Czech Republic to boost gold reserves 1,000%
The Czech Central Bank has announced that it will raise holdings to over 100 tonnes from the current 11 tonnes. This still only represents 0.3% of the Czech National Bank’s assets. They join a growing cohort of Europeans nations repatriating or purchasing gold at a rapid rate. Hungary and Poland have increased their gold reserves as a percentage of total holdings to 17% and 8% respectively with Russia and Turkey well over 20%.
Incoming Czech National Bank governor Ales Michl argues that: “Gold is good for diversification, it has zero correlation with stocks." Michl expects peak inflation in the Central European nation to peak at 15% by July, before retracing to the 2% target rate within two years. Since last summer, Czech’s central bank has increased official rates by 550 basis points to 5.75%. With outgoing Governor Jiri Rusnok’s final policy meeting coming later this month, there is a one 25 basis point raise expected. The Czechs, sitting outside the 19 member Euro currency bloc, are moving more aggressively than the ECB which, in the face of 8.1% inflation, are still debating how much to lift rates for the first time in a decade off their famously negative 0.5% deposit rate.
Michl is also calling for an increased proportion of the country’s wealth to be held in stocks to get a better yield, but, somewhat surprisingly, the increased gold holdings are also a part of the race for greater yield. The new governor didn’t comment on how or where the gold will be held, at this stage. Previous audits don’t detail if they will be actively managed with gold loans or gold swaps, or if they will simply be securely held.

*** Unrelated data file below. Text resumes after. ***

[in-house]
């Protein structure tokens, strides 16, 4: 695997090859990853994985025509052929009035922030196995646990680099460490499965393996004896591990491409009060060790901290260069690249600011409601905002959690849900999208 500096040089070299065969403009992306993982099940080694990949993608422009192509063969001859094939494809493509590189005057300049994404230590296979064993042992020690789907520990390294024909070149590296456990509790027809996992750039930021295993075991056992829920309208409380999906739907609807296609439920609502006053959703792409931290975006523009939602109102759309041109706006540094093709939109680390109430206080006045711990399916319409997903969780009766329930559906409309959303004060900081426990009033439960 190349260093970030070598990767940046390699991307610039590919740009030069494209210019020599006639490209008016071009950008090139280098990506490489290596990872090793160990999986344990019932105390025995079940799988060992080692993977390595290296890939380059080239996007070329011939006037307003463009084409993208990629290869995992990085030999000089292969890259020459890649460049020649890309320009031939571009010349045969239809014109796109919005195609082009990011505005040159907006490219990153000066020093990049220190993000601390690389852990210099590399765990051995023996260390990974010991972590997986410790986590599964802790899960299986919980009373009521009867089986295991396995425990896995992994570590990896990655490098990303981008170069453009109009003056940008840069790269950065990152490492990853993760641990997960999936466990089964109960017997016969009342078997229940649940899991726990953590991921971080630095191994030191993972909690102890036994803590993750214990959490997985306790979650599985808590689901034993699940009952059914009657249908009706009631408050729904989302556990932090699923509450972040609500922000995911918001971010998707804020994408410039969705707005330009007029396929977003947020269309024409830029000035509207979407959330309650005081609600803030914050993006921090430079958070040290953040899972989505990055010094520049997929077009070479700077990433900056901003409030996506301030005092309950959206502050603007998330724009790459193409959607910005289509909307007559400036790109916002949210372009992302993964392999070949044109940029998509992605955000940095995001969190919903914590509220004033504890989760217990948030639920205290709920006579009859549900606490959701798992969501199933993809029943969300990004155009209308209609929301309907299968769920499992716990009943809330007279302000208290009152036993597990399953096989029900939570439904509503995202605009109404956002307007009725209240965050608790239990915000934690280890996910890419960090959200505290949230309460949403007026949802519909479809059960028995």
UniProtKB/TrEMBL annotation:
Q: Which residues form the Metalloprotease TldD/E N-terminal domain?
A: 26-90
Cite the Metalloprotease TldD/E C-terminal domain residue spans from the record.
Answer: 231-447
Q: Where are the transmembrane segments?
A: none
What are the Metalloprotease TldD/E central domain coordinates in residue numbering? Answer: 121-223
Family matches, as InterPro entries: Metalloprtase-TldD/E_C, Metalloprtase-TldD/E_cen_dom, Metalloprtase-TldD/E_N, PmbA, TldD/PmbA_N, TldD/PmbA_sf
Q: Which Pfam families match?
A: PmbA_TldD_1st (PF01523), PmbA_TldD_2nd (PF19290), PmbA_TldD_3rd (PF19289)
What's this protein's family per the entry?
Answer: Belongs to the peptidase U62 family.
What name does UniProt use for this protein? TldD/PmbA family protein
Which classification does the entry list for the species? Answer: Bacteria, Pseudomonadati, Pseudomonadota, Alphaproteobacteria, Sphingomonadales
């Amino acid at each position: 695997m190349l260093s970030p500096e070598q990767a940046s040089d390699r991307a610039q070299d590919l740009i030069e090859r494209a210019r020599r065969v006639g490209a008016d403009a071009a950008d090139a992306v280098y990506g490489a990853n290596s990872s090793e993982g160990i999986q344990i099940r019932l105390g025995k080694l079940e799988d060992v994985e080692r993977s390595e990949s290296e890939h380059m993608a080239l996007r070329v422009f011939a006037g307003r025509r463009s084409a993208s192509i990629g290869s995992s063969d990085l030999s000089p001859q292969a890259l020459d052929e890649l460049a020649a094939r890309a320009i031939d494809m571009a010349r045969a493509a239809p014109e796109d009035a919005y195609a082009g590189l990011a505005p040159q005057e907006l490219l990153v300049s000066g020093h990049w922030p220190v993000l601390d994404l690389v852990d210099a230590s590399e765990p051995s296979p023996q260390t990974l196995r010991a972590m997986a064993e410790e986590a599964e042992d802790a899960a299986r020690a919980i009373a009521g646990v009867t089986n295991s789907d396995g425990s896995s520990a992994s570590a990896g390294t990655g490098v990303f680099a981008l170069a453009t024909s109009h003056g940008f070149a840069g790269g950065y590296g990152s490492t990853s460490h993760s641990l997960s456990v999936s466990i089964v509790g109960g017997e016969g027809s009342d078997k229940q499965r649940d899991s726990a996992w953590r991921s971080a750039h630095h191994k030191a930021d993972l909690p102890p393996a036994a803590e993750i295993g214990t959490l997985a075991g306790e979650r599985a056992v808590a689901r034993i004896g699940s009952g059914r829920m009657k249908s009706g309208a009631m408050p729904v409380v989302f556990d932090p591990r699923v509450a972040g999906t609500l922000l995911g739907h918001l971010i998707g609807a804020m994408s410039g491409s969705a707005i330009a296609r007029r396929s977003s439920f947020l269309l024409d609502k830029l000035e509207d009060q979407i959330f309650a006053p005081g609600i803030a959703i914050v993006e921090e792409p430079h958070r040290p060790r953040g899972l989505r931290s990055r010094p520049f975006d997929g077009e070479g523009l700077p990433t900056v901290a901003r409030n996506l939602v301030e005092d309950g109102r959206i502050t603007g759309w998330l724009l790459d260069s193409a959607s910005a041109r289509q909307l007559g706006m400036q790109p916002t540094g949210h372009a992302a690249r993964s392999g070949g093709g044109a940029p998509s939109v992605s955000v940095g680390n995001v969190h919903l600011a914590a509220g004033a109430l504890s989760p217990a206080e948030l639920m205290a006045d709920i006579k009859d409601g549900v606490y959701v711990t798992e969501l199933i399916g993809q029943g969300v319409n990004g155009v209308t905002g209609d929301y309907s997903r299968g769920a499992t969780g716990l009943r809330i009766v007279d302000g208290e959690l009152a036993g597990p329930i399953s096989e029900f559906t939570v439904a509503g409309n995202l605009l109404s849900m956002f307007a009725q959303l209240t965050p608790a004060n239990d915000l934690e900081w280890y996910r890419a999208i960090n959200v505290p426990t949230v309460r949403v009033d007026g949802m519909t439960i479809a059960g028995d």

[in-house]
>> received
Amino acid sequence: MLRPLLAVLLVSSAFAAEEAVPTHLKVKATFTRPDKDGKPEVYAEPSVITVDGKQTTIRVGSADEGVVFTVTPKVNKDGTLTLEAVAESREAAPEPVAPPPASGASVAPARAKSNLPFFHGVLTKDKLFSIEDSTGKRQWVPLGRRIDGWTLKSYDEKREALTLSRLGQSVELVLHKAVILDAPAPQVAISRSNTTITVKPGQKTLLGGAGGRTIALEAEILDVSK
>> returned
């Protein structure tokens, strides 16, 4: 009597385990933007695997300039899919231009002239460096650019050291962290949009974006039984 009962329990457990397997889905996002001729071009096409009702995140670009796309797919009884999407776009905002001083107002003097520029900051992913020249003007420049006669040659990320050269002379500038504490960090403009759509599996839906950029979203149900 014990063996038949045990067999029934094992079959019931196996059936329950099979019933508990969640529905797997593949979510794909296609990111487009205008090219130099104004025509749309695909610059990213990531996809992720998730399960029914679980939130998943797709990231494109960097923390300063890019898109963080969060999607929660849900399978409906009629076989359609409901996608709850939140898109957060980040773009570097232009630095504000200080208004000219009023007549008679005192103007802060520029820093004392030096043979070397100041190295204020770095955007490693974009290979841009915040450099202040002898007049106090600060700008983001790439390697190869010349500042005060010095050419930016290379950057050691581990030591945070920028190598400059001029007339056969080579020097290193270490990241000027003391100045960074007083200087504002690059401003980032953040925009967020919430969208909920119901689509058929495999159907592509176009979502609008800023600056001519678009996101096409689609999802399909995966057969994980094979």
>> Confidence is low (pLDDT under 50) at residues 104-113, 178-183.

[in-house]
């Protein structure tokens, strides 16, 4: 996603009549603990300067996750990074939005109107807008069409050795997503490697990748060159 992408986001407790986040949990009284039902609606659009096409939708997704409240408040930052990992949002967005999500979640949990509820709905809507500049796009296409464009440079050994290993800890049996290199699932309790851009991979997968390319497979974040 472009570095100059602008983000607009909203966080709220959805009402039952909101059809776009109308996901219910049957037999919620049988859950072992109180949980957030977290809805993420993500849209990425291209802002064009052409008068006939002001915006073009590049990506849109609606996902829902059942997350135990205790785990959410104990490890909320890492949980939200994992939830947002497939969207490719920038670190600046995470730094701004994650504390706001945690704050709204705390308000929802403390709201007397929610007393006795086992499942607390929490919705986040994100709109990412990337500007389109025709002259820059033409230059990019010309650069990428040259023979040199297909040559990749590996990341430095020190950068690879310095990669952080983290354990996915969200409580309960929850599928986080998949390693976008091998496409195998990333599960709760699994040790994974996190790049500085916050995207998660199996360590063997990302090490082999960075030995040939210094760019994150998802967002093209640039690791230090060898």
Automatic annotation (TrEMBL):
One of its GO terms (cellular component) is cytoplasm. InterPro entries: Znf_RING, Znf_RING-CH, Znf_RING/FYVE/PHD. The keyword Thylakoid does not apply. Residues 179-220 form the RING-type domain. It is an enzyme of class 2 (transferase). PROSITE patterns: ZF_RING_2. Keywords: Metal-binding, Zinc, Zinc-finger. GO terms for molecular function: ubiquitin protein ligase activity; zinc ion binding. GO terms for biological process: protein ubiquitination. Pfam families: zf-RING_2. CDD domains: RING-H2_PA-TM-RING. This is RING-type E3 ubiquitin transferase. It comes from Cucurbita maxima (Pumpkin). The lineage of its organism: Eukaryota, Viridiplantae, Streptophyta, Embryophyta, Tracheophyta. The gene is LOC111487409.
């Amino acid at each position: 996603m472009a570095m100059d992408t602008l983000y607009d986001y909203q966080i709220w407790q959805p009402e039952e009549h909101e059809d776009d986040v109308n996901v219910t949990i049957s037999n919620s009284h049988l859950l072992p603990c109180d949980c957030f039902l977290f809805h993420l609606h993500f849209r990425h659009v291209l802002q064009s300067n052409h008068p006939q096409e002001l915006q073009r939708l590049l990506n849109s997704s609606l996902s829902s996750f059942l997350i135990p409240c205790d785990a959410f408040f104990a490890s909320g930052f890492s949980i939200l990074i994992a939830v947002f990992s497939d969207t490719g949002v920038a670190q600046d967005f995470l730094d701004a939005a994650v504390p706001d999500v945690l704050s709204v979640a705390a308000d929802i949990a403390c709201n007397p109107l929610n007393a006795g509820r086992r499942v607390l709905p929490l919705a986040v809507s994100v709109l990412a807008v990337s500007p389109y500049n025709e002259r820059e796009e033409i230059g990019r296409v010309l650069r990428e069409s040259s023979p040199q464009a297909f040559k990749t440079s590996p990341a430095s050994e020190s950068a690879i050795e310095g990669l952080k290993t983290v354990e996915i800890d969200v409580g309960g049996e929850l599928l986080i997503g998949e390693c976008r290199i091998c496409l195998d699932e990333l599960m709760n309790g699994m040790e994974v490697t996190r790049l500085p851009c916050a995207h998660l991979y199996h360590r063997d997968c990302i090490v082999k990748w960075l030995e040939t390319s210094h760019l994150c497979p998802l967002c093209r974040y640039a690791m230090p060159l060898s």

While hardly ‘News’, the French Government revealed that it had repatriated 221 tonnes of gold between 2013 and 2016. It makes a lot more sense to tell people long after the fact that you have done something, rather than let everyone know you are about to buy. 2014 saw 120 tonnes transferred from New York and Paris in Germany’s repatriation. The 2008 Global Financial Crisis seems to be the turning point in Central Bank net purchases of gold. They have increased holdings on a net basis of 400 tonnes a year.
Central Banks have certainly been aware in the past of the power of gold. In 1933 the Bank of International Settlements was desperately trying to get the world back to the gold standard: "the gold standard remains the best available monetary mechanism." Alan Greenspan wrote in his tome “Gold and Economic Freedom” (1967): “In the absence of the gold standard, there is no way to protect savings from confiscation through inflation. There is no safe store of value. … The financial policy of the welfare state requires that there be no way for the owners of wealth to protect themselves”.
Our guess is that Central Bankers are remembering their old gold-bug ways.